Sibillini

  • Sibillini: Monte Priora - Cresta Ovest - © Wikimedia Commons FedeGrad
  • Sibillini: © flickr user- Roy Luck
  • Sibillini: © flickr user- Roy Luck
  • Sibillini: © flickr user- Roy Luck
  • Sibillini: High summits of the Sibellini Mountains - © flickr user- Roy Luck
  • Sibillini: The Sibellini Mountains, le Marche  - © flickr user- Roy Luck
  • Sibillini: View of Monte Bove in the Sibellini Mountains from valley flank, Le Marche - © flickr user- Roy Luck
  • Sibillini: Lago di Pilato - © Flickr User - Francesco Gasparetti
  • Sibillini: Lago di Pilato - © Flickr User - Francesco Gasparetti
  • Sibillini: Lago di Pilato - © Flickr User - Giulio
  • Sibillini: Piano Grande  - © Flickr user Julian-G. Albert
  • Sibillini: Mt Sibilla  - © Pixabay user beats4bits
  • Sibillini: Gola dell"infernaccio seen from Mount Sibilla - © Pamoramio user tony_57
  • Sibillini: South Ridge, Monte-Vettore - © Wiki user Jefftaylor_xwb.co
  • Sibillini: Castelluccio Monte Vettore  - © Wikimedia user Chin tin tin
  • Sibillini: Gola dell"Infernaccio - © Wikimedia FedeGrad
  • Sibillini: Gola dell"Infernaccio - © Wikimedia Massimo fordini soni
  • Sibillini: Monte Priora east ridge seen from the Forcella Angagnola, the spur of Monte Pizzo stands out at the far left.  - © Wikimedia Commons FedeGrad
  • Sibillini: Monte Vettore - ©  Flickr user pizzodisevo
  • Sibillini: Mt Sibilla   - © Flickr user Marcel Oosterwijk
  • Sibillini: Mt Sibilla  - © Wikimedia Diego Antolini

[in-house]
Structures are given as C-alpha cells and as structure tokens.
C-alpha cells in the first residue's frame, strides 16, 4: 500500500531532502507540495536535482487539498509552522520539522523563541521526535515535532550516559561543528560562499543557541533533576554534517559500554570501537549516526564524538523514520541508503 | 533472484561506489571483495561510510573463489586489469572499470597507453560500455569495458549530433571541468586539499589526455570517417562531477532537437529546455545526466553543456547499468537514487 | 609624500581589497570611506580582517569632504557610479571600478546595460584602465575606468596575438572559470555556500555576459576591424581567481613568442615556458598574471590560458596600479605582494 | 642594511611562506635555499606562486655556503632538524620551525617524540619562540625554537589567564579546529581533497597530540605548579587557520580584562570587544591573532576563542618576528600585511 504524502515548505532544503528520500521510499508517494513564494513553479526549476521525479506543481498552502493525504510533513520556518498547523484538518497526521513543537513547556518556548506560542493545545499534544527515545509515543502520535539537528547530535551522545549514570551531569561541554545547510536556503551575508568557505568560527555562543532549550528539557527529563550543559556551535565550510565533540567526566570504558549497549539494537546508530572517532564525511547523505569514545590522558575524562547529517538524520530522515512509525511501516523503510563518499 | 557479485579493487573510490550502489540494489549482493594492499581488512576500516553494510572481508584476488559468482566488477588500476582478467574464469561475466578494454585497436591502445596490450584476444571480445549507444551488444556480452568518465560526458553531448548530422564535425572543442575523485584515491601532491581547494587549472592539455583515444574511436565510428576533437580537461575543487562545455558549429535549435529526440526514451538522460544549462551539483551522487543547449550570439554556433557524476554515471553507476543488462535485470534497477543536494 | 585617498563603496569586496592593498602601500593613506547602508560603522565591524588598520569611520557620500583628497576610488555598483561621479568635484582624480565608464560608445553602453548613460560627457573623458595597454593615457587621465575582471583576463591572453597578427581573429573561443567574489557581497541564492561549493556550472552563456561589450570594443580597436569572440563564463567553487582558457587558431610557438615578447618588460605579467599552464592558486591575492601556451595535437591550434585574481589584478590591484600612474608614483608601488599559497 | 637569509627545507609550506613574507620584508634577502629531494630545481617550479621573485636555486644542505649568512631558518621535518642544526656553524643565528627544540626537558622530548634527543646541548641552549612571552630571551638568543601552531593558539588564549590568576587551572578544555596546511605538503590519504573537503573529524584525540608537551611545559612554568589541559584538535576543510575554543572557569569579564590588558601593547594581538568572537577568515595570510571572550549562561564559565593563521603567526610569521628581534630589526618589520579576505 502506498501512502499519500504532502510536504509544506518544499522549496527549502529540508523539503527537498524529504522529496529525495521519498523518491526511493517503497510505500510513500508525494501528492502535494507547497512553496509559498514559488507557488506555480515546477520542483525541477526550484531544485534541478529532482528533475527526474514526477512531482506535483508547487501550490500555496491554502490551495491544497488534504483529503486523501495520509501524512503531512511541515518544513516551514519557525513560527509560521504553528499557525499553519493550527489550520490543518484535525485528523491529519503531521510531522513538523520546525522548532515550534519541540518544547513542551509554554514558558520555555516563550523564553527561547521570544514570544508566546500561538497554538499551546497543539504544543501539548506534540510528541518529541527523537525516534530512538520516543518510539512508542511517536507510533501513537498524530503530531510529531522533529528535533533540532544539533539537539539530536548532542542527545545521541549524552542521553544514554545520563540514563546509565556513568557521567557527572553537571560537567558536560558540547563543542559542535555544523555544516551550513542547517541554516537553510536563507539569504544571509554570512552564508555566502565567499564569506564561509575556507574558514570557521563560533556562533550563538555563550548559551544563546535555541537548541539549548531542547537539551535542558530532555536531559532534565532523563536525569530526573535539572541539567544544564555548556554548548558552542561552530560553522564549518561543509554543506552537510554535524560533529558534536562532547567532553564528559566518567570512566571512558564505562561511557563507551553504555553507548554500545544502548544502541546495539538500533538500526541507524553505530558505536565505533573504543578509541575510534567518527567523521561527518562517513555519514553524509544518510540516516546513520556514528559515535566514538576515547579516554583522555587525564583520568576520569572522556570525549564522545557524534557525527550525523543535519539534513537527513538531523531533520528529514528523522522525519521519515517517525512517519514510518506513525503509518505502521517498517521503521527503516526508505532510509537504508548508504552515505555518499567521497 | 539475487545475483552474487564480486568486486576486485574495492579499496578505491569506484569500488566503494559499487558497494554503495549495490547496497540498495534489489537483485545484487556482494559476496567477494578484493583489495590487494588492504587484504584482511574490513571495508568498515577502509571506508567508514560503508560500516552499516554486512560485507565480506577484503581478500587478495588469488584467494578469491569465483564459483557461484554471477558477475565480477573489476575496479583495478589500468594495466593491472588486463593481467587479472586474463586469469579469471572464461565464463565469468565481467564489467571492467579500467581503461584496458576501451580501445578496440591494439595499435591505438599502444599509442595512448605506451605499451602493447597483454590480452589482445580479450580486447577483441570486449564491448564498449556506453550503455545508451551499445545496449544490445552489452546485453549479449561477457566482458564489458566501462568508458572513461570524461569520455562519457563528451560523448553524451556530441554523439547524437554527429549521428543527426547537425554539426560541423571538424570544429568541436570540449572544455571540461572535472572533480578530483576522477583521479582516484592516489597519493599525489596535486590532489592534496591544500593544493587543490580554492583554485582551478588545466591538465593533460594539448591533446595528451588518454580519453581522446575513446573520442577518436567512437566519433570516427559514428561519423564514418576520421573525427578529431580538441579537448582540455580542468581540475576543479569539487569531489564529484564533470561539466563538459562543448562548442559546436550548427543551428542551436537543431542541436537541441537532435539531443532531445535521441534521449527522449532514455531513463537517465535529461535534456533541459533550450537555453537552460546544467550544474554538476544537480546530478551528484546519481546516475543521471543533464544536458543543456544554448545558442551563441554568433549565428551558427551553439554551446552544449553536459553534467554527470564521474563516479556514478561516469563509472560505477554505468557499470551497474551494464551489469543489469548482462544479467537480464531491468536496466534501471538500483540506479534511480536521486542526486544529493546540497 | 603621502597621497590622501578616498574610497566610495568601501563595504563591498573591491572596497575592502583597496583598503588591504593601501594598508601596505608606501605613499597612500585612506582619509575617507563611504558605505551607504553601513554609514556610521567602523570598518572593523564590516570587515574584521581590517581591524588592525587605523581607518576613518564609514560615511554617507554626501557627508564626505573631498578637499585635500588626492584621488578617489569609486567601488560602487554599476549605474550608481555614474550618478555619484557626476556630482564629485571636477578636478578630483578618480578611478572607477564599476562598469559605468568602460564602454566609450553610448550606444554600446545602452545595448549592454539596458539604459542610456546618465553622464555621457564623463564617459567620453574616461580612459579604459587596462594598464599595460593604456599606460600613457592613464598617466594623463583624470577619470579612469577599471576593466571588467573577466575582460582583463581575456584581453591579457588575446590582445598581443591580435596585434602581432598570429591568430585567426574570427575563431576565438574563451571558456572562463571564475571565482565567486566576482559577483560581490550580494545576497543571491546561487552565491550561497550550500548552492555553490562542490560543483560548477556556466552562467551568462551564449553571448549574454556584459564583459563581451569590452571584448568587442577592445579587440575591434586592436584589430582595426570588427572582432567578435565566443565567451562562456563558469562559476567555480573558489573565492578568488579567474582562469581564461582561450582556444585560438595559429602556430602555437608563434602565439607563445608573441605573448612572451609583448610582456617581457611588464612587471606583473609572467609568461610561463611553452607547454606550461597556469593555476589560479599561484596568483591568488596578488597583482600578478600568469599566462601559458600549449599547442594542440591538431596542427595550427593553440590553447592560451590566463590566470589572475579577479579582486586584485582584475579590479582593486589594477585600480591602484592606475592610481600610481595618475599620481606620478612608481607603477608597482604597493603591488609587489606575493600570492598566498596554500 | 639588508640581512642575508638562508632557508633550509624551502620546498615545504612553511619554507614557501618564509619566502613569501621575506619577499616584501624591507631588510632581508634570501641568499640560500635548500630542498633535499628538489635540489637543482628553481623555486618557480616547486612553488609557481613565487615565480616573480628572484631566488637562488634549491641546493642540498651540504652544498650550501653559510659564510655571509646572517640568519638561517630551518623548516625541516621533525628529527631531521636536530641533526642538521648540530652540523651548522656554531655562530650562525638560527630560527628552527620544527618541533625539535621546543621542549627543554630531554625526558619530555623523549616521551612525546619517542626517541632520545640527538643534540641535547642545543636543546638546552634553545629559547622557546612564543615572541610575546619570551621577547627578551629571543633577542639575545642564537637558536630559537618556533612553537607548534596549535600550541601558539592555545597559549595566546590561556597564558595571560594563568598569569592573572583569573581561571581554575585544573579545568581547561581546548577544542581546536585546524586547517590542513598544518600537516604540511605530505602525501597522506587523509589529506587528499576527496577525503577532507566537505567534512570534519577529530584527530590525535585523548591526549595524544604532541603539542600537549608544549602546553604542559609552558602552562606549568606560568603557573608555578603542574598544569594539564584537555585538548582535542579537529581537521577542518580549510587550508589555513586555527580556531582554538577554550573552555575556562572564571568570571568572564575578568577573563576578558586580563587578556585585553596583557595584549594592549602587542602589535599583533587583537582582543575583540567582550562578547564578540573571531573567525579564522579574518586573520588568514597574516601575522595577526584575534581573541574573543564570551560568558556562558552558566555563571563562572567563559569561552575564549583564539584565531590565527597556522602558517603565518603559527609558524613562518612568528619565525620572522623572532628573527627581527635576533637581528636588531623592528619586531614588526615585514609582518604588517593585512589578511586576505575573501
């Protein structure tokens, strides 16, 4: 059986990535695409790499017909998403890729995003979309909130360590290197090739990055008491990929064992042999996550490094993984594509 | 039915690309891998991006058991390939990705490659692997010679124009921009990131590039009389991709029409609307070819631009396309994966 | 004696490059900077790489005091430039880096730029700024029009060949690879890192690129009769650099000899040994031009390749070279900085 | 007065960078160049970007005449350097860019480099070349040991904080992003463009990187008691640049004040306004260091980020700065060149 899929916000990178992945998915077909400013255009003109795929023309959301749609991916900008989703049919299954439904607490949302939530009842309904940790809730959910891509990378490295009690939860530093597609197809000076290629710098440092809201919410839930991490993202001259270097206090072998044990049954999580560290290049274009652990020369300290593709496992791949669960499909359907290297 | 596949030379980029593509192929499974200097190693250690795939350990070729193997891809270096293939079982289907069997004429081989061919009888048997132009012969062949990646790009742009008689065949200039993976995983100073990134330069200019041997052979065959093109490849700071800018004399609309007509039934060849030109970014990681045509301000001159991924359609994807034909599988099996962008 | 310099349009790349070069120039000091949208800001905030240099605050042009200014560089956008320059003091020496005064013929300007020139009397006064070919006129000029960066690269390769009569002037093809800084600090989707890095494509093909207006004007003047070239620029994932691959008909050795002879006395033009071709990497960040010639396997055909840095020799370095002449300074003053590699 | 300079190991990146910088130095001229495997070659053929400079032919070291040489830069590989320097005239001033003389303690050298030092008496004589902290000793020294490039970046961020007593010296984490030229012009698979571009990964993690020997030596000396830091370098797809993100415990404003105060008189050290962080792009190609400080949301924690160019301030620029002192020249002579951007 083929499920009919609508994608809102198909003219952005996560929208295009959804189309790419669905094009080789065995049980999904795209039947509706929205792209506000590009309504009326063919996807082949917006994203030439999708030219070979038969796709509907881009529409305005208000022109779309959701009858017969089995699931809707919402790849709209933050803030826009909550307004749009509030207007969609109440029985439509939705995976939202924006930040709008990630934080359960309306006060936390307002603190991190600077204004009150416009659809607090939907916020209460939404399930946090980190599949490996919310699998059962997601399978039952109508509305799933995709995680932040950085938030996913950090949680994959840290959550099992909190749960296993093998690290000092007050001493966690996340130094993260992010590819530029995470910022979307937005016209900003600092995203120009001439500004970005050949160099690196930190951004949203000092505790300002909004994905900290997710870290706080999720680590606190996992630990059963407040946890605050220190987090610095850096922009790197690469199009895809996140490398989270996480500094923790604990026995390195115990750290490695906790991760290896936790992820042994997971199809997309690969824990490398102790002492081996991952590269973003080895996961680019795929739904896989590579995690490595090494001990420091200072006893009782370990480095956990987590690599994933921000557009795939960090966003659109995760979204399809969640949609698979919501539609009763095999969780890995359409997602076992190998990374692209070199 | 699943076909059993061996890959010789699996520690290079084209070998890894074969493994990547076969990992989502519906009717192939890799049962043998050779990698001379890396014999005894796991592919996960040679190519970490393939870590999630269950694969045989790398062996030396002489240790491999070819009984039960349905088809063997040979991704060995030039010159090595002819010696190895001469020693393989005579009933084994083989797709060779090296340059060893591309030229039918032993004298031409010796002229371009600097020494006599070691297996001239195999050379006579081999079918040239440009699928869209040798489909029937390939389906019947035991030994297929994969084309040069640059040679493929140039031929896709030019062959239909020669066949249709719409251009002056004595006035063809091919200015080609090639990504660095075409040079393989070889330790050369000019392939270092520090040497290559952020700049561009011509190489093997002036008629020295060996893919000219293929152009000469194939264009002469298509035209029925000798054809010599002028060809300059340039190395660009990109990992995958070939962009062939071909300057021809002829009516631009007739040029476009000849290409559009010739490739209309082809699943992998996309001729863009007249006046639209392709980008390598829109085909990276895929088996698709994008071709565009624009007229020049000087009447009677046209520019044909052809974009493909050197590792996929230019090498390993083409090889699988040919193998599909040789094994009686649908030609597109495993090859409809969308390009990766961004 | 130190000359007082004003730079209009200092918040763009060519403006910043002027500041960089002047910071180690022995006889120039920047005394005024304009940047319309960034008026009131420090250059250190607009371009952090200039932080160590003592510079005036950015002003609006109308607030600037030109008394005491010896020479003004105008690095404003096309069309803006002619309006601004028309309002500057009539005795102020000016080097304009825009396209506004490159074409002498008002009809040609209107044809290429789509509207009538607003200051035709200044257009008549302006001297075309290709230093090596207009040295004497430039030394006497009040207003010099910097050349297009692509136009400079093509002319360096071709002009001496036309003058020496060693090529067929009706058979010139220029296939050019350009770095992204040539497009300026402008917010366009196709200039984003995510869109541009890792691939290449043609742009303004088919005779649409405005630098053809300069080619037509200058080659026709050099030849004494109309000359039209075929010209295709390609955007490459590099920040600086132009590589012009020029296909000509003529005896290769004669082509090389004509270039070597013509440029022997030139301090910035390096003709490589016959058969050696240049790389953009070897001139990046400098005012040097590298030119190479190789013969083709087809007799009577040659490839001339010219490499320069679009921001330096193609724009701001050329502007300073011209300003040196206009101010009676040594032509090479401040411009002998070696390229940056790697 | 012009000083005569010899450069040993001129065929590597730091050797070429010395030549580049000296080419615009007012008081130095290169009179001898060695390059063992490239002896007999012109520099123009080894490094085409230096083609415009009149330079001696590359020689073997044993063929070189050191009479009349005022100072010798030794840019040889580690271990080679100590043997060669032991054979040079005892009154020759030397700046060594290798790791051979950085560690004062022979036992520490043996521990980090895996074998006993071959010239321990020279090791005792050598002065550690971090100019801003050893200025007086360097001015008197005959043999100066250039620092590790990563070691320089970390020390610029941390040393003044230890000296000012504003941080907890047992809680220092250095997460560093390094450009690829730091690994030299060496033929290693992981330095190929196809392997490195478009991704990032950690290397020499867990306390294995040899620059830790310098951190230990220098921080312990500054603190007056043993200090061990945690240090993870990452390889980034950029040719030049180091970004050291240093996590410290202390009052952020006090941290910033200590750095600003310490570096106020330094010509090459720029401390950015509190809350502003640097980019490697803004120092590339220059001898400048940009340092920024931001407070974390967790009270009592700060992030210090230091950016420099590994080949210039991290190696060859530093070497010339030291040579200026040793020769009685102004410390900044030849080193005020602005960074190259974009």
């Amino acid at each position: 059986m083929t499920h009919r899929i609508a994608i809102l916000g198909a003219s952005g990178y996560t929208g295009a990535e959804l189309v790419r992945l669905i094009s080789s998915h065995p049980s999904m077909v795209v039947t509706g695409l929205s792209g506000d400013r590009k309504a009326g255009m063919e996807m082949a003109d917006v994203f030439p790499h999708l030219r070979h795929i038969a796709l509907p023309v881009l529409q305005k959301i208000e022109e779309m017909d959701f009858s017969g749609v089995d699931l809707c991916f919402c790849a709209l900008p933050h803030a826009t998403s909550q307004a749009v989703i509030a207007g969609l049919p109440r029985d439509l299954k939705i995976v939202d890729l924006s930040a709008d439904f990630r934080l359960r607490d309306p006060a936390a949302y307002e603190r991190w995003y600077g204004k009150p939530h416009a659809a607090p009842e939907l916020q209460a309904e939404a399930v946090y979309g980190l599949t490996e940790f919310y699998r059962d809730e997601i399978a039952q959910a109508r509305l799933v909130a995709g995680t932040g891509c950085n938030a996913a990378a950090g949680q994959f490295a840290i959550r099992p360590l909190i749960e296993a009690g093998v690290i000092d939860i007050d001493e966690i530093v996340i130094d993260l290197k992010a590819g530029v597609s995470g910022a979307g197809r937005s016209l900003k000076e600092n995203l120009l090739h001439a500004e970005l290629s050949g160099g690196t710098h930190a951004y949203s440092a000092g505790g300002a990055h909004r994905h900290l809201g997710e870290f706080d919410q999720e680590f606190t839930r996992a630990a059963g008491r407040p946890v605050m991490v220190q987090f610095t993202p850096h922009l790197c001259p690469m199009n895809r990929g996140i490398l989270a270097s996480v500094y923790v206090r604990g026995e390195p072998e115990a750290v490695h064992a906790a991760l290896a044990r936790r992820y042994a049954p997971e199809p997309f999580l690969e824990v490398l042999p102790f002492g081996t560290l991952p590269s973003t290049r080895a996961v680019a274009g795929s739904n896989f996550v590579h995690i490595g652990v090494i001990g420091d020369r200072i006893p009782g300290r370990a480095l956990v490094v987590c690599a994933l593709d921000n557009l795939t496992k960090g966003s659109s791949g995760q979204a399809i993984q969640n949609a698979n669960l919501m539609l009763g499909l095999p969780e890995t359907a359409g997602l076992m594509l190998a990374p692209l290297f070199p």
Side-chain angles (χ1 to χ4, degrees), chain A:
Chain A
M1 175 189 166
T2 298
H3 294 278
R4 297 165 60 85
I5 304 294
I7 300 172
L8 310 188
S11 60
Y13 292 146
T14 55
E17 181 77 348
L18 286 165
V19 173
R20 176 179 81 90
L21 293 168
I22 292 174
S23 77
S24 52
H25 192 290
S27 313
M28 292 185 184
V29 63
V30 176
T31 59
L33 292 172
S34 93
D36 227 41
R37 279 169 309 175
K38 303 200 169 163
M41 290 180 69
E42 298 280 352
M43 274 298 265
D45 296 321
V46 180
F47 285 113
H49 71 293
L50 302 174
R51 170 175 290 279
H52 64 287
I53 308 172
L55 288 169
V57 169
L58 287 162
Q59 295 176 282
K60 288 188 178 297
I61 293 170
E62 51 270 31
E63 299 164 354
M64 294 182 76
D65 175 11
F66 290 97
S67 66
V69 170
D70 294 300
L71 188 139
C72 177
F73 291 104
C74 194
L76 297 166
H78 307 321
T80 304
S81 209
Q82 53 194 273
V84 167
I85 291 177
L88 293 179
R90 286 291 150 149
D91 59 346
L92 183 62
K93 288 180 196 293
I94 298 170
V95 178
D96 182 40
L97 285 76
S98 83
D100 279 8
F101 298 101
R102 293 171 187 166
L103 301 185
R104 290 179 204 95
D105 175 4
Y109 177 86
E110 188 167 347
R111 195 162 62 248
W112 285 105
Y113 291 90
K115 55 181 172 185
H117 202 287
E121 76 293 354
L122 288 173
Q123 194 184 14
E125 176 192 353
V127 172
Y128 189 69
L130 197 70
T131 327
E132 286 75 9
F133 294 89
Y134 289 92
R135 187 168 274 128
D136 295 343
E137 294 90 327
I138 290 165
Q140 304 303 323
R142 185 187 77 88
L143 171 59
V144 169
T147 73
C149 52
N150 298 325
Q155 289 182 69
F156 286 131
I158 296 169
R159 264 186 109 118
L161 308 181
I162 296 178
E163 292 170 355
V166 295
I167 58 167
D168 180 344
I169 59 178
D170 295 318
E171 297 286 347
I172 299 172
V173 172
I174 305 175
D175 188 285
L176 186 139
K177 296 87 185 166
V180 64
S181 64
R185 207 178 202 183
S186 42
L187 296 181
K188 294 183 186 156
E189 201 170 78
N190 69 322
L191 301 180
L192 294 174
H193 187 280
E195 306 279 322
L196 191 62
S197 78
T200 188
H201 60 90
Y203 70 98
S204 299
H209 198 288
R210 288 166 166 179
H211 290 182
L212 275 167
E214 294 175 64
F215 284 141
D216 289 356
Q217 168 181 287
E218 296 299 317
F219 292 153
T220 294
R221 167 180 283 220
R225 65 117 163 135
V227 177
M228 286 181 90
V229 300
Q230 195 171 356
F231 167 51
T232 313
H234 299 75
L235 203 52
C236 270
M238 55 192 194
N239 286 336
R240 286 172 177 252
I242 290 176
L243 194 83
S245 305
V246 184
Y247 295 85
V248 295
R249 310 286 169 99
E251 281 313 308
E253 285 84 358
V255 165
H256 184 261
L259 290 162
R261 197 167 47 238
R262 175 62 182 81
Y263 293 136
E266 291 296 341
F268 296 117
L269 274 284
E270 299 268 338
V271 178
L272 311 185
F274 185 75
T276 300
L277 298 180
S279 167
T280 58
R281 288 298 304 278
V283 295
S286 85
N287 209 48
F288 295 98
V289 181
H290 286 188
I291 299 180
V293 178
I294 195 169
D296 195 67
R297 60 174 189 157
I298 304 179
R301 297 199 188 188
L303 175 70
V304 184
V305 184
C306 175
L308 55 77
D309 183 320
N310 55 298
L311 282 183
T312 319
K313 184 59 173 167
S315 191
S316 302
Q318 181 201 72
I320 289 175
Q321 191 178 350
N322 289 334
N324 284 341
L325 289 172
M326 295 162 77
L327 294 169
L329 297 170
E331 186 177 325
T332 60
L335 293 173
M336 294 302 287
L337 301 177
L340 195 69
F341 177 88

• Sibillini: Piano Grande from Castelluccio - © Wikimedia Dick Pountain
  • Sibillini: Sperone di Monte Pizzo(Monte Priora) - © Wikimedia Commons FedeGrad
  • Sibillini: Vallelunga(Monti Sibillini)  - © Wikipedia FedeGrad
  • Sibillini: View from the road leading down from Castelluccio.  - © Wikimedia Dick Pountain
  • Sibillini: Castelluccio Monte Vettore - © Wikimedia user Chin tin tin

Key information: Sibillini

  • Classic glacial landscape at the heart of the Italian peninsula, with grassy, treeless upper slopes with huge views. Famous for their wildflower-crazed meadows.
  • A form of walking bliss.

Walkopedia rating

  • Walkopedia rating87
  • Beauty34
  • Natural interest16
  • Human interest4
  • Charisma33
  • Negative points0
  • Total rating87

Vital Statistics

  • Length: Your choice
  • Maximum Altitude: 2,467m
  • Level of Difficulty: Variable

This walk description page is at an early stage of development, and will be expanded over time. Your comments on this walk, your experiences and tips, and your photos are very welcome.

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Sibillini: Piano Grande  - © Flickr user Julian-G. Albert

WALK SUMMARY

The Sibillini Mountains sit at the heart of the Italian peninsula, east of Perugia and Spoleto and straddling Umbria and the Marche. They are part of the long Apennine chain, with many peaks over 2,000m and a high point at Monte Vettore (2,476m). They are now protected as part of the Sibillini Mountains National Park.

As a once-glaciated area, you will meet scraped cliffs, cirques, corrie lakes and U-shaped valleys, as well as gorges, waterfalls and caves. The grassy, treeless upper slopes are walking bliss, with their huge views.